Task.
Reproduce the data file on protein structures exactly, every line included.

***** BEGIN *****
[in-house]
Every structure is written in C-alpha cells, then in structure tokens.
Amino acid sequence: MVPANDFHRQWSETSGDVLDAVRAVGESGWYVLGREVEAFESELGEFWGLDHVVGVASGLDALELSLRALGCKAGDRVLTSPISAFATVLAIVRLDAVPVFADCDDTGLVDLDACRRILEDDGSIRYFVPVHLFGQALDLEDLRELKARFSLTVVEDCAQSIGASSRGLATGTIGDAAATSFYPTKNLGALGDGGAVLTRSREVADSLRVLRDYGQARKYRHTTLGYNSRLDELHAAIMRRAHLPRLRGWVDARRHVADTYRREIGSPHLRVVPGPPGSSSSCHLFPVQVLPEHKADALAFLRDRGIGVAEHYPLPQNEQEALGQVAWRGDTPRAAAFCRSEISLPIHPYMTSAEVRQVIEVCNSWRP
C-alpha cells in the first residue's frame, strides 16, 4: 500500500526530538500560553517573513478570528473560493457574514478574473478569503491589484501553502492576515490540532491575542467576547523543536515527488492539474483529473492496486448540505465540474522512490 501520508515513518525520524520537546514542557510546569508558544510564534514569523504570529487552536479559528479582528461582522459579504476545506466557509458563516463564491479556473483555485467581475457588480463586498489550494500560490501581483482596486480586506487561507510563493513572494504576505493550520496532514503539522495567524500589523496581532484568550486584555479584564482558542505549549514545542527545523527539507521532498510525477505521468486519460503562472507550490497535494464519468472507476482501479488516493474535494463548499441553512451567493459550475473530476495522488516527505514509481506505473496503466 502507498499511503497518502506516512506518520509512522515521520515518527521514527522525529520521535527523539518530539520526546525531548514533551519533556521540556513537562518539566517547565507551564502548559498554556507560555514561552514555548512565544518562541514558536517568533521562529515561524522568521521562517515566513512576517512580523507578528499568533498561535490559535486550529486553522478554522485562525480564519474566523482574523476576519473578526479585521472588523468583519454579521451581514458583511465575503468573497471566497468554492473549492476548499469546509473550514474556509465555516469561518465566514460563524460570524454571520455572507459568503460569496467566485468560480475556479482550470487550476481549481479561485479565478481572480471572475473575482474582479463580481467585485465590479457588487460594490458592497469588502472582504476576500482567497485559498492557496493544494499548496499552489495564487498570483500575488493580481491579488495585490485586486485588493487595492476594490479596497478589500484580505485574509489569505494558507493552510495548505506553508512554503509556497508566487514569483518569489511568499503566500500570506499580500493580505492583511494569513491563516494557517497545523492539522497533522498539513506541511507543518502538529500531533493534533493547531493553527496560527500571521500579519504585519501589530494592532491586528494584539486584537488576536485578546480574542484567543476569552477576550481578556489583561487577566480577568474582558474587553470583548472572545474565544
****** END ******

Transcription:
[in-house]
Every structure is written in C-alpha cells, then in structure tokens.
Amino acid sequence: MVPANDFHRQWSETSGDVLDAVRAVGESGWYVLGREVEAFESELGEFWGLDHVVGVASGLDALELSLRALGCKAGDRVLTSPISAFATVLAIVRLDAVPVFADCDDTGLVDLDACRRILEDDGSIRYFVPVHLFGQALDLEDLRELKARFSLTVVEDCAQSIGASSRGLATGTIGDAAATSFYPTKNLGALGDGGAVLTRSREVADSLRVLRDYGQARKYRHTTLGYNSRLDELHAAIMRRAHLPRLRGWVDARRHVADTYRREIGSPHLRVVPGPPGSSSSCHLFPVQVLPEHKADALAFLRDRGIGVAEHYPLPQNEQEALGQVAWRGDTPRAAAFCRSEISLPIHPYMTSAEVRQVIEVCNSWRP
C-alpha cells in the first residue's frame, strides 16, 4: 500500500526530538500560553517573513478570528473560493457574514478574473478569503491589484501553502492576515490540532491575542467576547523543536515527488492539474483529473492496486448540505465540474522512490 501520508515513518525520524520537546514542557510546569508558544510564534514569523504570529487552536479559528479582528461582522459579504476545506466557509458563516463564491479556473483555485467581475457588480463586498489550494500560490501581483482596486480586506487561507510563493513572494504576505493550520496532514503539522495567524500589523496581532484568550486584555479584564482558542505549549514545542527545523527539507521532498510525477505521468486519460503562472507550490497535494464519468472507476482501479488516493474535494463548499441553512451567493459550475473530476495522488516527505514509481506505473496503466 502507498499511503497518502506516512506518520509512522515521520515518527521514527522525529520521535527523539518530539520526546525531548514533551519533556521540556513537562518539566517547565507551564502548559498554556507560555514561552514555548512565544518562541514558536517568533521562529515561524522568521521562517515566513512576517512580523507578528499568533498561535490559535486550529486553522478554522485562525480564519474566523482574523476576519473578526479585521472588523468583519454579521451581514458583511465575503468573497471566497468554492473549492476548499469546509473550514474556509465555516469561518465566514460563524460570524454571520455572507459568503460569496467566485468560480475556479482550470487550476481549481479561485479565478481572480471572475473575482474582479463580481467585485465590479457588487460594490458592497469588502472582504476576500482567497485559498492557496493544494499548496499552489495564487498570483500575488493580481491579488495585490485586486485588493487595492476594490479596497478589500484580505485574509489569505494558507493552510495548505506553508512554503509556497508566487514569483518569489511568499503566500500570506499580500493580505492583511494569513491563516494557517497545523492539522497533522498539513506541511507543518502538529500531533493534533493547531493553527496560527500571521500579519504585519501589530494592532491586528494584539486584537488576536485578546480574542484567543476569552477576550481578556489583561487577566480577568474582558474587553470583548472572545474565544